Robust natural materials were chosen to ensure the new Pond House would age gracefully, most notably coal-fired brick, which echoes the red tones of the site’s igneous rock, while the coal-fired process results in a variegated finish with no two bricks the same.


 “Everything went smoothly until the brickies let us down and work paused until we found another bricklayer,” says Rosemary. “It also took a while to determine a suitable balustrade material for the three terraces, as we didn’t want glass. Jamie eventually solved it with a black metal system.”
A graduate of Glasgow School of Art, Rosemary became the first Scot and the youngest person to win the prestigious John Player National Portrait Award in 1984. Exhibited widely at home and abroad, her ever-evolving work has become synonymous with colour – therefore it was always going to be a key element of the new house.

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“I always say we don’t do interiors, but I do like a bit of colour – one dynamic coloured wall I can put paintings on to offset white gallery-style backdrops,” she says.
“My love of colour goes back to childhood and my first memory of ‘magic’ paint books whereby water brushed on a page would magically reveal colours – no skill or paint involved! 
“Then in high school I began to draw and during a summer stint as a volunteer in Erskine Hospital, I used to sketch portraits of the elderly male patients to display on their lockers. Ultimately, I think that convinced me to apply to Art School.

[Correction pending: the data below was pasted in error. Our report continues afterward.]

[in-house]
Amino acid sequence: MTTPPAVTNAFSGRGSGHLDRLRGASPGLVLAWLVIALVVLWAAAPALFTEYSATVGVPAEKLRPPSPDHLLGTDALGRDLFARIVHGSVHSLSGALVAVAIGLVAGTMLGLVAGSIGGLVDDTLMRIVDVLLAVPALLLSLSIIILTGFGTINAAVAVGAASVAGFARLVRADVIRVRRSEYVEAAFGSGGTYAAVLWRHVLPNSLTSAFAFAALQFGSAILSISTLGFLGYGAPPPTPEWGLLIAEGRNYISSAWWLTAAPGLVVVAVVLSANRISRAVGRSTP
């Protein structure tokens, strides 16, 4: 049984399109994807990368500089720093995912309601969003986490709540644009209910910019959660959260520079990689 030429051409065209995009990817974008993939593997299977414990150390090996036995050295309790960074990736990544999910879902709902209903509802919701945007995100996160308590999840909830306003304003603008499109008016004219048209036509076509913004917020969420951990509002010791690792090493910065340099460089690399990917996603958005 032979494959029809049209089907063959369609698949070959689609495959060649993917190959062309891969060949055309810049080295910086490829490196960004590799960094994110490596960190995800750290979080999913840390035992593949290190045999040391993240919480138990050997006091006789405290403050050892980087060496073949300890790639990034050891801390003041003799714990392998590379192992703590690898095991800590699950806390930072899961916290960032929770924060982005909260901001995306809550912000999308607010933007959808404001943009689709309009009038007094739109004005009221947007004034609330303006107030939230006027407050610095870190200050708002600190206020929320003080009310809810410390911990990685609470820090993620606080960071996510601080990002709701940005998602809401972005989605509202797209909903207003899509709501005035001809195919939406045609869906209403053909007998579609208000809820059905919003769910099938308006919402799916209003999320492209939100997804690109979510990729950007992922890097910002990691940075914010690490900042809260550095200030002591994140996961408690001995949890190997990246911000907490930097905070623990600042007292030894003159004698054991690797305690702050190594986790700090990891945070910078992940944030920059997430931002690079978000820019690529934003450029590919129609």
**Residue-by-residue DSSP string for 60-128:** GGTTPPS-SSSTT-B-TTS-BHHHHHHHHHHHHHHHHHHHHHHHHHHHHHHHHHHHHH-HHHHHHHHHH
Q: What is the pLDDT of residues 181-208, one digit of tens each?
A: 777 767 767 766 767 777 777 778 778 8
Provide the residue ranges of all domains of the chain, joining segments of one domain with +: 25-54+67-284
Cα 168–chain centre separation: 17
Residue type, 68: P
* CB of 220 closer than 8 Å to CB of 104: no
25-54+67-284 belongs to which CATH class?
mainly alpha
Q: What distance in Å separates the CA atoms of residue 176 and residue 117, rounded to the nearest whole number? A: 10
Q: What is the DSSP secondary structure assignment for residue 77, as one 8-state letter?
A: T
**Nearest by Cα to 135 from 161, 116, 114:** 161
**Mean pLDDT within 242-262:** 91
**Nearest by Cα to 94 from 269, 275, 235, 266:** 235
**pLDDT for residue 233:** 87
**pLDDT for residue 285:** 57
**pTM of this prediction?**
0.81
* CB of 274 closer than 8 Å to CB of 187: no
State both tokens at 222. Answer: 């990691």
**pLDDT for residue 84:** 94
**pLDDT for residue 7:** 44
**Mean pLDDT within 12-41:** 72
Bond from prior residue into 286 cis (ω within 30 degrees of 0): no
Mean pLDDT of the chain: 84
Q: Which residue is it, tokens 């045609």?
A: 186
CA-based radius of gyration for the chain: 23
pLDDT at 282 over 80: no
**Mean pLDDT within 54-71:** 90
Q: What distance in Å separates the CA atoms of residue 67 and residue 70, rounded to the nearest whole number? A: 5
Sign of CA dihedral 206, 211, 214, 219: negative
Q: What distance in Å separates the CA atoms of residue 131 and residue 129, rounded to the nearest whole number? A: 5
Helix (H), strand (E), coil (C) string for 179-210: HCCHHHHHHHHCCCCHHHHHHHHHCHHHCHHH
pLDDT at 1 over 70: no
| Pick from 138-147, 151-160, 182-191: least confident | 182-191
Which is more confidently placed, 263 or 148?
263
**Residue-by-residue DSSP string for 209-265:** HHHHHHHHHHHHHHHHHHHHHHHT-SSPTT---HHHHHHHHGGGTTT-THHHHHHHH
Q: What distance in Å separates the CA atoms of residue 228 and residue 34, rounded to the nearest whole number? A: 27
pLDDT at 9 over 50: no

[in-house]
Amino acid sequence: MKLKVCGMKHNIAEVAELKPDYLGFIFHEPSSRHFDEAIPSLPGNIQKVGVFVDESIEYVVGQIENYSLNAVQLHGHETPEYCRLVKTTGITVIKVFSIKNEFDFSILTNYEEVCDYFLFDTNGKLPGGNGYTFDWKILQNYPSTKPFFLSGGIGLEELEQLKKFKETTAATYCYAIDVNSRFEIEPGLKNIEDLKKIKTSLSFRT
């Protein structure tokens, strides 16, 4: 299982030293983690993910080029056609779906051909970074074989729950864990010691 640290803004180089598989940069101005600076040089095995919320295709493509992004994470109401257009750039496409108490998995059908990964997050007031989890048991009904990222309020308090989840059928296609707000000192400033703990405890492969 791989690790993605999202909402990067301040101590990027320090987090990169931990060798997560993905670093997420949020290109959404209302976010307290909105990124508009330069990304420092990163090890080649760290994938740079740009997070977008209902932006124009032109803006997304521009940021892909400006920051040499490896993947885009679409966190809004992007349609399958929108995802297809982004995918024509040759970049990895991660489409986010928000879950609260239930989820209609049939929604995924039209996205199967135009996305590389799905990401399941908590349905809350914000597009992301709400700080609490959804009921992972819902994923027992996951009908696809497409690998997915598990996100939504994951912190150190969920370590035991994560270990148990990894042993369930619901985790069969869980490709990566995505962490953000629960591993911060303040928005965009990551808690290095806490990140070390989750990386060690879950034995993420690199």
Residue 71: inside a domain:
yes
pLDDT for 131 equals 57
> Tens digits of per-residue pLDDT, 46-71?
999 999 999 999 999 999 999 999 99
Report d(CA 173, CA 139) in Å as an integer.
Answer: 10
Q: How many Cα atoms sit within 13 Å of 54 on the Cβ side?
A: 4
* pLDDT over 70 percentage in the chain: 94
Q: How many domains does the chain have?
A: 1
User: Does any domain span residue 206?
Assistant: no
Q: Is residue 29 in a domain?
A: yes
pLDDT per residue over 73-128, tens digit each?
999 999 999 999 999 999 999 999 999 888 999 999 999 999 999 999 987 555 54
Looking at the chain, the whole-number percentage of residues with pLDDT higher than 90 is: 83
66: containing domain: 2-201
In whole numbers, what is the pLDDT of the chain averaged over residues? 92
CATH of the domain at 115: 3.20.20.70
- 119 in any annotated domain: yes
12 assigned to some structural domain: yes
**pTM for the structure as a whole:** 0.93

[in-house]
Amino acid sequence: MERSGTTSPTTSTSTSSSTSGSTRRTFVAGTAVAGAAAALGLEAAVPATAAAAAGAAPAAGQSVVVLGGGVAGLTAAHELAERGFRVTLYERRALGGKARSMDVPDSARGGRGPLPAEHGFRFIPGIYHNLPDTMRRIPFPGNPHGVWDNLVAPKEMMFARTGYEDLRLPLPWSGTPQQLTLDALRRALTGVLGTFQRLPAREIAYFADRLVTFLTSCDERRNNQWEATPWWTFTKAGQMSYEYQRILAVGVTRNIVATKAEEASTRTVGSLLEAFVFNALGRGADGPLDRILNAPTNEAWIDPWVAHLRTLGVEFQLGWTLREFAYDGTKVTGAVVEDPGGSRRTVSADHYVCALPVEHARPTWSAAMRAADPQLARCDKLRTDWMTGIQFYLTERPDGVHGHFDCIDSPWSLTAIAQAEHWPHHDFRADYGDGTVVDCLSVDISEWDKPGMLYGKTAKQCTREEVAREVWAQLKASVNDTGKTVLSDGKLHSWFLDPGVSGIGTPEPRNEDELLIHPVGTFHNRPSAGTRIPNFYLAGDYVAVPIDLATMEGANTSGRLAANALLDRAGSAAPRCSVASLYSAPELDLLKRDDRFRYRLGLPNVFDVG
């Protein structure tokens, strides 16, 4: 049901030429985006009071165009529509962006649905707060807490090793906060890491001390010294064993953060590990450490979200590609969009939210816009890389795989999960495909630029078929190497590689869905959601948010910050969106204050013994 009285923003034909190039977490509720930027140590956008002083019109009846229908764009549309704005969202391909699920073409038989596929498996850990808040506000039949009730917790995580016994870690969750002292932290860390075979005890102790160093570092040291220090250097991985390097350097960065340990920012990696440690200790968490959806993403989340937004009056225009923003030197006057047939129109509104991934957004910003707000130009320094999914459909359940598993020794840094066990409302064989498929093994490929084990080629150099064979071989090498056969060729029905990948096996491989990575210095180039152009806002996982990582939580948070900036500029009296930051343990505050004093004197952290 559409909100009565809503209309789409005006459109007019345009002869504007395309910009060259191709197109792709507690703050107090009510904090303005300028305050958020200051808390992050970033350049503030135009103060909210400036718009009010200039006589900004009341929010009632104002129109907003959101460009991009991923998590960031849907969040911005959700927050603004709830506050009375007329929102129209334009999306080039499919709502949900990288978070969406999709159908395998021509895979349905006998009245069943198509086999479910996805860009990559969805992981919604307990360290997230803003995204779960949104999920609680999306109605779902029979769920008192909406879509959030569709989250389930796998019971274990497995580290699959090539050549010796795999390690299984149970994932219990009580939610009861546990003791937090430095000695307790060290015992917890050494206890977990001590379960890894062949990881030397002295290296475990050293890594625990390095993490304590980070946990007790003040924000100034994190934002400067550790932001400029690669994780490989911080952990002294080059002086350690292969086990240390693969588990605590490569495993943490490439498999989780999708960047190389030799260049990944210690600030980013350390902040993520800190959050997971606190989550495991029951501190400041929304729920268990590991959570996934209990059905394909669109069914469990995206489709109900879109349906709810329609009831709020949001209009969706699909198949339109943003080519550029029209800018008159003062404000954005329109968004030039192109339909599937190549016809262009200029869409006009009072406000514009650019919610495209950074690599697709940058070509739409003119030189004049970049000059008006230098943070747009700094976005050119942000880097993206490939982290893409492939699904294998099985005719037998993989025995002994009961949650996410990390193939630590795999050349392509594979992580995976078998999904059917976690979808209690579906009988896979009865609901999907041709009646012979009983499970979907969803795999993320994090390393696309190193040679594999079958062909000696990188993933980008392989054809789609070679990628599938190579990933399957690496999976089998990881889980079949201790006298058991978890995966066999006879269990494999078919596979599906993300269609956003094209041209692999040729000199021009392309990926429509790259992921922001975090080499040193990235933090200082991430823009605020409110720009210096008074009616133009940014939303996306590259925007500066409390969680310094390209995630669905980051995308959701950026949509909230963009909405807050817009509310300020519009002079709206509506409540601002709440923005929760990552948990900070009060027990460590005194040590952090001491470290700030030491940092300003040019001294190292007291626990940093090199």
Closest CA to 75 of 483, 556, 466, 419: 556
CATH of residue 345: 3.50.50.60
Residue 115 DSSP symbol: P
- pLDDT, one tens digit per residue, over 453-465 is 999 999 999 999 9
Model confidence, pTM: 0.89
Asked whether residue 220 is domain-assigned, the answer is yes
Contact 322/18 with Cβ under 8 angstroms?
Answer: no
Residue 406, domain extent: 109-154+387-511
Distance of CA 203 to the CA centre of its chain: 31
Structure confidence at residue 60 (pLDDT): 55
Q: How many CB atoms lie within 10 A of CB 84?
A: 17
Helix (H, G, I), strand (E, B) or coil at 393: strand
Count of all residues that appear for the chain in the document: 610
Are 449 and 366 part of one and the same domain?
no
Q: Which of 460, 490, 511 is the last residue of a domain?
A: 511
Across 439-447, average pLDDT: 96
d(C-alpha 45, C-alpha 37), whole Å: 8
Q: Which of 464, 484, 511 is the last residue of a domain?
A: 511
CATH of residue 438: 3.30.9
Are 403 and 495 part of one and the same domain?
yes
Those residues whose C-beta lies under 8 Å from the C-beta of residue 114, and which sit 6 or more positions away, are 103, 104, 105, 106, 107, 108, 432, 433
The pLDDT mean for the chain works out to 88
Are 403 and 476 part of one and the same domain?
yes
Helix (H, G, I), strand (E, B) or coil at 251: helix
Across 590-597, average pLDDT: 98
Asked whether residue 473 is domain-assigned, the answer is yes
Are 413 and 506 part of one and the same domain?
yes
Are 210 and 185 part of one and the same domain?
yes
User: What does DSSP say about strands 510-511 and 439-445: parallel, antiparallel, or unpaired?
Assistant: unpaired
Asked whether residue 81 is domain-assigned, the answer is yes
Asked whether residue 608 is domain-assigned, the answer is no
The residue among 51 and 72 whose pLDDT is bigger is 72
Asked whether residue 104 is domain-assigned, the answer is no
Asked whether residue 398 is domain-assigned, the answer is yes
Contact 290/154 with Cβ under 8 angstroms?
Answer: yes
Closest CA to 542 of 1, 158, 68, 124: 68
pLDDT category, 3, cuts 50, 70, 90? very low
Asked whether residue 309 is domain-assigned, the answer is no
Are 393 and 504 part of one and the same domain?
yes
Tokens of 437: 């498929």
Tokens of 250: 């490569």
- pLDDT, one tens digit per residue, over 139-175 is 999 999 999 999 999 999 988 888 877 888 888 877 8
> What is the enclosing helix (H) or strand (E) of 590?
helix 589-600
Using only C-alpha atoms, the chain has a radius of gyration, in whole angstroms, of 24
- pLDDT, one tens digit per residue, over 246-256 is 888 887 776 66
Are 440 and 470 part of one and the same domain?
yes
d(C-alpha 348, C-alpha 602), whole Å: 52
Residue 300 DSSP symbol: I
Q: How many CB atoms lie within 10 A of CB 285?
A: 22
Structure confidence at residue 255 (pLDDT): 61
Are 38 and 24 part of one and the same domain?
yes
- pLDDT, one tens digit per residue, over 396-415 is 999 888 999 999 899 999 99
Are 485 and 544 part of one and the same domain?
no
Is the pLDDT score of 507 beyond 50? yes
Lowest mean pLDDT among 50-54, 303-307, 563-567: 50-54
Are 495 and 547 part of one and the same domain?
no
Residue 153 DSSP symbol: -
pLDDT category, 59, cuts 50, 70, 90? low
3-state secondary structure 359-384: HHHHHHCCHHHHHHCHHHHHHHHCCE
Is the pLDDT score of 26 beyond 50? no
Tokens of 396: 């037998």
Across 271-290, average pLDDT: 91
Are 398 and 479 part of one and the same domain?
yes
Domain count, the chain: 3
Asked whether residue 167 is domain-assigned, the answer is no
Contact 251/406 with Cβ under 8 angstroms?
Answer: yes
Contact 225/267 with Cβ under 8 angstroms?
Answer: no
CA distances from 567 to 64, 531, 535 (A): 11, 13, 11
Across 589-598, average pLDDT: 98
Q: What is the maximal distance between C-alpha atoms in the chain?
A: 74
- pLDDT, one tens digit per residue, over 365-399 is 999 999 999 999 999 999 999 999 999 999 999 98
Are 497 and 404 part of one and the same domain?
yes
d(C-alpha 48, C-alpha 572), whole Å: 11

“However, I did struggle with colours here, perhaps because it was so very precious, and we were seeing the house every day. Some spaces were easier than others – for instance, having seen a yellow Corian kitchen island on display in Burndale Workshop in Bridge of Weir, I had to have it, and used a lighter shade underneath together with pale aqua units and walls. 
“The kitchen is the heart of this house and I find it a very calm space.”
Off the kitchen to one side, is an office used by both Paul and Rosemary, while a few steps down from the kitchen, the sitting room is a truly mesmerising space – in fact, were it not for the brick fireplace, the partially glass-walled room would appear to be suspended over the garden. 

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Closer inspection reveals an ingenious window screening solution for times when a cosier ambience is called for: a concealed channel at ceiling height houses Silent Gliss blinds.
Unlike the majority of Kilmacolm’s traditional period properties that were deliberately designed to stand out and impress, the Pond House does the exact opposite and complements the surrounding landscape, a triumph of Technique Studio’s architectural artistry and Rosemary’s painterly palette – and a collaboration that recently won the Best Luxury Home category at the 2022 Herald Property Awards. In turn, the landscape is inspiring. Rosemary is now working towards an exhibition next Easter in Gullane, East Lothian. An award-winner in every respect.